China approves plan to implement Hong Kong security law

China approves plan to implement Hong Kong security law

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Beijing: China’s parliament on Thursday approved plans to implement the security law Hogcog This has increased tensions with the US and sparked renewed opposition over fears that the city was losing its exclusive independence.
Hours after the rubber-stamp National People’s Congress (NPC) voted, the United States revoked the special status given to Hong Kong, taking away the region’s trade and economic privileges.
US Secretary of State Mike Pompeo Said that the situation was withdrawn as China was no longer honoring its handover agreement with Britain to allow a higher level of autonomy with Hong Kong.
“No reasonable person can today assert that Hong Kong maintains a high degree of autonomy from China,” Pompeo said.
Last year, after heavy protests at the Financial Hub for seven months, China prioritized security legislation in its annual NPC session.
The law would punish secession, endangering state power, terrorism and national security, as well as allow mainland security agencies to operate openly in Hong Kong.
On Thursday, the last day of Congress, the delegates supported plans for the legislation with almost unanimous vote and enthusiastic rapport.
Li Zhanshu – chairman of the NPC Standing Committee, who will now draft the legislation – said the move was “in line with the fundamental interests of all Chinese people, including the compatriot of Hong Kong”.
Hong Kong’s emerging leader Carrie Lam said she welcomed the passage of the resolution.
As required in the resolution, Lam said she would submit regular reports to Beijing and “advance law enforcement and public education to safeguard national security”.
But the law has been severely criticized.
Pro-democracy MP Claudia Moe told AFP, “This is the end of Hong Kong … They are cutting our spirits, taking away the values ​​we have always embraced, such as human rights, democracy, rule of law value.”
Joshua Wong, a prominent pro-democracy activist, told AFP that the security law would “kill Hong Kong’s democratic movements”.
Wang Chen, vice chairman of the NPC’s standing committee, said last week that Hong Kong’s delay in implementing its own security law forced the Chinese leadership to take action.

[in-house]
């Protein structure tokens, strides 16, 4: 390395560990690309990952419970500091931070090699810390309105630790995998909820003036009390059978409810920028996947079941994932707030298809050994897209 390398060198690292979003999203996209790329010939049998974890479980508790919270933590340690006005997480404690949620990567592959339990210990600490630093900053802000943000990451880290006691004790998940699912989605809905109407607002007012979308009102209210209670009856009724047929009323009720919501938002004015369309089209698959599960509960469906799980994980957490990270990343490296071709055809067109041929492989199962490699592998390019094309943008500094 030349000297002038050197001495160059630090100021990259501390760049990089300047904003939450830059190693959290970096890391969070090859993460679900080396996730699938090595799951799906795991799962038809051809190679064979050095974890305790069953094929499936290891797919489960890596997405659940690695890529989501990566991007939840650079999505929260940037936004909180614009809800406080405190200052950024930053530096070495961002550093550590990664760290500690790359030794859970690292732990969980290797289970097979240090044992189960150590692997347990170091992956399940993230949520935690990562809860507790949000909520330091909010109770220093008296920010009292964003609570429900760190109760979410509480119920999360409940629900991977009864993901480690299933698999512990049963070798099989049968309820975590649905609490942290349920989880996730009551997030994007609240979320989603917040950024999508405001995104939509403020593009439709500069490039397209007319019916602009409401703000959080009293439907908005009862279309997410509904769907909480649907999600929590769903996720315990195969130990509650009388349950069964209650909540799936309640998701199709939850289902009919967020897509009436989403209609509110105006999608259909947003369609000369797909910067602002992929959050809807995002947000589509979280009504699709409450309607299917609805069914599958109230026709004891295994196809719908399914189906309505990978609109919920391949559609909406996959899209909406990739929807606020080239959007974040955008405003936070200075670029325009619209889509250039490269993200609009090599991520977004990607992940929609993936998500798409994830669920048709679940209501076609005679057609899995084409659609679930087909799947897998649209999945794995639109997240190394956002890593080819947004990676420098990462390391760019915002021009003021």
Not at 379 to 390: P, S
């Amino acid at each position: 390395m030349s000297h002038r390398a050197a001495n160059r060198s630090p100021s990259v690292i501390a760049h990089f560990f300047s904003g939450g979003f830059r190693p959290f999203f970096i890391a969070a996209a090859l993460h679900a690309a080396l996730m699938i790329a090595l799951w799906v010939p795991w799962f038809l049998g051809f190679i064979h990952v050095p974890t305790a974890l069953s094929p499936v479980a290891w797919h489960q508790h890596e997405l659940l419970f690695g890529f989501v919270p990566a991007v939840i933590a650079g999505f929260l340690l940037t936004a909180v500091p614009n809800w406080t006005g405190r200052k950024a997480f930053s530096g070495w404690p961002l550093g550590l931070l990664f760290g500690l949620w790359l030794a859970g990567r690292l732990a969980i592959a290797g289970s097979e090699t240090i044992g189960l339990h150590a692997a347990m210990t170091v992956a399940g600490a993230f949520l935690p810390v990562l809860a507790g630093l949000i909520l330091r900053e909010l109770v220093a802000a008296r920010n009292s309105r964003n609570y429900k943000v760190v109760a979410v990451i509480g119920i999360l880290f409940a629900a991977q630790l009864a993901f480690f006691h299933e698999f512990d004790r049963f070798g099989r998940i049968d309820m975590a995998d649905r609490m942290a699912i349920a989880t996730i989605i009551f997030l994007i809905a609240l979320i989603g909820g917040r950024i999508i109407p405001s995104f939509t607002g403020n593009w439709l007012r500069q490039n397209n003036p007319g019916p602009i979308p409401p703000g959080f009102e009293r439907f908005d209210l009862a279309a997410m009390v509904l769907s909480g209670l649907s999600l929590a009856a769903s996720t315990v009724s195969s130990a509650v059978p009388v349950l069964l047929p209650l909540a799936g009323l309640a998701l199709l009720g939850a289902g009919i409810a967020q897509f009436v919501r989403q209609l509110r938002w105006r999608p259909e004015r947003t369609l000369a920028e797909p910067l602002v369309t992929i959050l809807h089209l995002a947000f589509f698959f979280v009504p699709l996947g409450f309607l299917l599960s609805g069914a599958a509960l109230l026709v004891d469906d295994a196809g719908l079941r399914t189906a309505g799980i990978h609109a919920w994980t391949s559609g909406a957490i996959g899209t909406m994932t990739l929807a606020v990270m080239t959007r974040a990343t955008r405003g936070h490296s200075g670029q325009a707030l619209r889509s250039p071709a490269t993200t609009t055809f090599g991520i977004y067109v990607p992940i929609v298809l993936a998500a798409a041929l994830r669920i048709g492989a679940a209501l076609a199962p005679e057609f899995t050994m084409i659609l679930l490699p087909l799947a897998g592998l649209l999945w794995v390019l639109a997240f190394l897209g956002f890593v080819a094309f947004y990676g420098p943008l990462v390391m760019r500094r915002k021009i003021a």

Pro-Hong Kong politician Maria Tam told AFP this week that the planned law would allow mainland officials to work with the city’s police to investigate the suspects.
Under a law passed last year by the US Congress aimed at supporting Hong Kong’s pro-democracy movement, the US administration must certify that Hong Kong still enjoys the independence promised by Beijing when it decided to withdraw the colony Had a conversation with Britain.
Washington’s Wednesday decision said Hong Kong does not enjoy those freedoms, implying that it could lose trade privileges – including tariffs lower than the mainland – with the world’s largest economy.
us President Donald Trump David Stilwell, East Asia’s top State Department official, said it would ultimately decide what action to take.
“The steps will be considered and they will be targeted as much as possible to change the behavior,” Stillwell told reporters.
He said that the United States did not want to hurt the people of Hong Kong, adding: “This decision was made by the government in Beijing and not by the US.”
China’s Foreign Ministry office at the financial hub said on Thursday that the US was “the most barbaric, the most unfair and the most shameless” in repealing Hong Kong’s special status.
Washington’s move comes after fresh protests in Hong Kong on Wednesday over another controversial proposed law that carries criminal offenses. National anthem.
Police surrounded the protesters with round pepper and arrested over 300 people, most of them for illegal assembly.
“It’s now really curfew,” Nathan Law, a prominent advocate of pro-democracy, told AFP.
“I think the government has to understand why people are really angry.”
Under the “one country, two systems” model agreed before Britain’s return to China from the city, Hong Kong should be guaranteed some independence by 2047 denying those on the mainland.
The mini-constitution that has governed the affairs of Hong Kong as handover obliges the region’s authorities to enforce national security laws.
But there was an attempt to do so in 2003, following heavy opposition from Hong Kong.
China is inspired by the fear of the younger Hong Kong generation that does not agree with the political system of ” Communist Party, Said Hua Po, an independent political commentator based in Beijing.
Hua said, “If they lost control of Hong Kong, the impact on the Chinese mainland would be huge.”


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